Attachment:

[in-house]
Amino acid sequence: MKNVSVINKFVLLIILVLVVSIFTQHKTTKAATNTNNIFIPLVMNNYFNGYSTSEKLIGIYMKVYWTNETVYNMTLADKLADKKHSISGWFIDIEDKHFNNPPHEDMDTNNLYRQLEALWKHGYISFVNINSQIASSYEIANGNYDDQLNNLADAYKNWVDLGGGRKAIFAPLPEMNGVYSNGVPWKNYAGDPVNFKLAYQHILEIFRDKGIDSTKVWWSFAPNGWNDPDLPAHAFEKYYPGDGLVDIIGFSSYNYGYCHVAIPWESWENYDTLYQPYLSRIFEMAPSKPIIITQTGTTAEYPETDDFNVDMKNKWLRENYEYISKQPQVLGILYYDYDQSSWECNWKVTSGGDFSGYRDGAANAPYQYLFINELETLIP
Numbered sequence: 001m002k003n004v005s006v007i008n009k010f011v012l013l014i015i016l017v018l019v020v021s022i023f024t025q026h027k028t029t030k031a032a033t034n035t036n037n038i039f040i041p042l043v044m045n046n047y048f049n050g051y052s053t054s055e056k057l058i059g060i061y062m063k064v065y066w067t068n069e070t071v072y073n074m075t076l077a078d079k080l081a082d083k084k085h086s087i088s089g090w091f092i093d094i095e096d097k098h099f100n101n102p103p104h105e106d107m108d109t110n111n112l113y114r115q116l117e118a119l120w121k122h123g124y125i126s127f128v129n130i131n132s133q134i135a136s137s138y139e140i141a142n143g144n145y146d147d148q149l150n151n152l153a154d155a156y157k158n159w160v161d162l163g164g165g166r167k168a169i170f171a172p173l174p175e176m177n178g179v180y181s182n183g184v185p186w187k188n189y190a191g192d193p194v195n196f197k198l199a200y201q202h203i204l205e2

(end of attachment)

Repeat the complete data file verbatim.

[in-house]
Amino acid sequence: MKNVSVINKFVLLIILVLVVSIFTQHKTTKAATNTNNIFIPLVMNNYFNGYSTSEKLIGIYMKVYWTNETVYNMTLADKLADKKHSISGWFIDIEDKHFNNPPHEDMDTNNLYRQLEALWKHGYISFVNINSQIASSYEIANGNYDDQLNNLADAYKNWVDLGGGRKAIFAPLPEMNGVYSNGVPWKNYAGDPVNFKLAYQHILEIFRDKGIDSTKVWWSFAPNGWNDPDLPAHAFEKYYPGDGLVDIIGFSSYNYGYCHVAIPWESWENYDTLYQPYLSRIFEMAPSKPIIITQTGTTAEYPETDDFNVDMKNKWLRENYEYISKQPQVLGILYYDYDQSSWECNWKVTSGGDFSGYRDGAANAPYQYLFINELETLIP
Numbered sequence: 001m002k003n004v005s006v007i008n009k010f011v012l013l014i015i016l017v018l019v020v021s022i023f024t025q026h027k028t029t030k031a032a033t034n035t036n037n038i039f040i041p042l043v044m045n046n047y048f049n050g051y052s053t054s055e056k057l058i059g060i061y062m063k064v065y066w067t068n069e070t071v072y073n074m075t076l077a078d079k080l081a082d083k084k085h086s087i088s089g090w091f092i093d094i095e096d097k098h099f100n101n102p103p104h105e106d107m108d109t110n111n112l113y114r115q116l117e118a119l120w121k122h123g124y125i126s127f128v129n130i131n132s133q134i135a136s137s138y139e140i141a142n143g144n145y146d147d148q149l150n151n152l153a154d155a156y157k158n159w160v161d162l163g164g165g166r167k168a169i170f171a172p173l174p175e176m177n178g179v180y181s182n183g184v185p186w187k188n189y190a191g192d193p194v195n196f197k198l199a200y201q202h203i204l205e2